Your browser is no longer supported

For the best possible experience using our website we recommend you upgrade to a newer version or another browser.

Your browser appears to have cookies disabled. For the best experience of this website, please enable cookies in your browser

We'll assume we have your consent to use cookies, for example so you won't need to log in each time you visit our site.
Learn more


  • Comment
City of York Council is piloting an innovative new scheme aimed at reducing sickness absence by giving employees th...
City of York Council is piloting an innovative new scheme aimed at reducing sickness absence by giving employees the support and advice that they need to make a full and speedy recovery when illness strikes.

The pioneering initiative will be trialled in the council's adult services team from September, but, if it proves successful, could be rolled out to all departments in the future.

The scheme is run by Active Health, a private company that has offered the service to private sector organisations in this country and to local government bodies in Scandinavia, where it has proved extremely successful in slashing sickness absence.

York is the first local authority in this country to trial the scheme and, if it proves successful, it is likely that other public sector organisations will follow suit. The initial pilot phase will run for three months.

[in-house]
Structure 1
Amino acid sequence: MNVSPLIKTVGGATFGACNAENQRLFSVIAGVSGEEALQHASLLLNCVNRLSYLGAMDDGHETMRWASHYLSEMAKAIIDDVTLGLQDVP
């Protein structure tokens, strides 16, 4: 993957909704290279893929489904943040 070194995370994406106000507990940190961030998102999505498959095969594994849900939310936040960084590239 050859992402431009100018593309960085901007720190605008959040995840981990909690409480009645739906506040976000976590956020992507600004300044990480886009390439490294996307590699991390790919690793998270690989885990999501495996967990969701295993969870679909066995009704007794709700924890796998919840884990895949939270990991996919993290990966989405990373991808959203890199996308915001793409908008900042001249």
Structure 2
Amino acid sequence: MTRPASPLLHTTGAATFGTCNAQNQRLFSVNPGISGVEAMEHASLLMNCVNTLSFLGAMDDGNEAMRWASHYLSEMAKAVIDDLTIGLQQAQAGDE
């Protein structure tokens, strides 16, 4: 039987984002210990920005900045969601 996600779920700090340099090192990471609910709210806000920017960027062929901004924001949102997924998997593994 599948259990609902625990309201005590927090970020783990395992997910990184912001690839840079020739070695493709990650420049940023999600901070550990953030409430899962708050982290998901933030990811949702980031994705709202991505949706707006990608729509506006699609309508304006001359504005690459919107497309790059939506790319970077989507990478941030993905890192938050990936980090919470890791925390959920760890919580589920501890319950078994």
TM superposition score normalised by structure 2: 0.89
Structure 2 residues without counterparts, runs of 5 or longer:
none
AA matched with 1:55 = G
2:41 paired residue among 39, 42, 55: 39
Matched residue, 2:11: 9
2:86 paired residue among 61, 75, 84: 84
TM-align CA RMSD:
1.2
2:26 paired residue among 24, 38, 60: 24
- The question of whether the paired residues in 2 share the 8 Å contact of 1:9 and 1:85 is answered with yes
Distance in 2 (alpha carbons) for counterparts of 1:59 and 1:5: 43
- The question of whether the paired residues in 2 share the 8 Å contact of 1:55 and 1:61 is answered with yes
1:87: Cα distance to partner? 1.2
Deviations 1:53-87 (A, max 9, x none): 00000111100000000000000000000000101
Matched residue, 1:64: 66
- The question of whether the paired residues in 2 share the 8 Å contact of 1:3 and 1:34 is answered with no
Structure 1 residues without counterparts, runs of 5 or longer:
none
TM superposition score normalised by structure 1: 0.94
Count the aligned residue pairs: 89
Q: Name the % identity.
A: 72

It means that instead of telephoning their manager when they are unable to attend work because of sickness, an employee will contact the Active Health call centre, where medically qualified occupational health nurses will be on hand to offer advice about how best to deal with the symptoms.

The call centre will alert the employee's manager and supply statistics about sickness absence to the council as required. Where it's appropriate, a series of follow-up telephone calls will be made by call centre staff to the employee to check on their progress and offer further advice.

Stephen Forrest, human resources services manager for the council, said: 'Studies have shown that offering people advice and support in this way means that they are able to return to work more quickly.

'Clearly, this eases the pressure on colleagues who have had to cover for them during their absence and saves the council money.

'It makes people feel more supported and helps to ensure that they are receiving the care that they need. This is something that a line manager couldn't help with because they wouldn't have the medical knowledge. We will be monitoring the trial closely to see how effective it is.'

  • Comment

Have your say

You must sign in to make a comment

Please remember that the submission of any material is governed by our Terms and Conditions and by submitting material you confirm your agreement to these Terms and Conditions.

Links may be included in your comments but HTML is not permitted.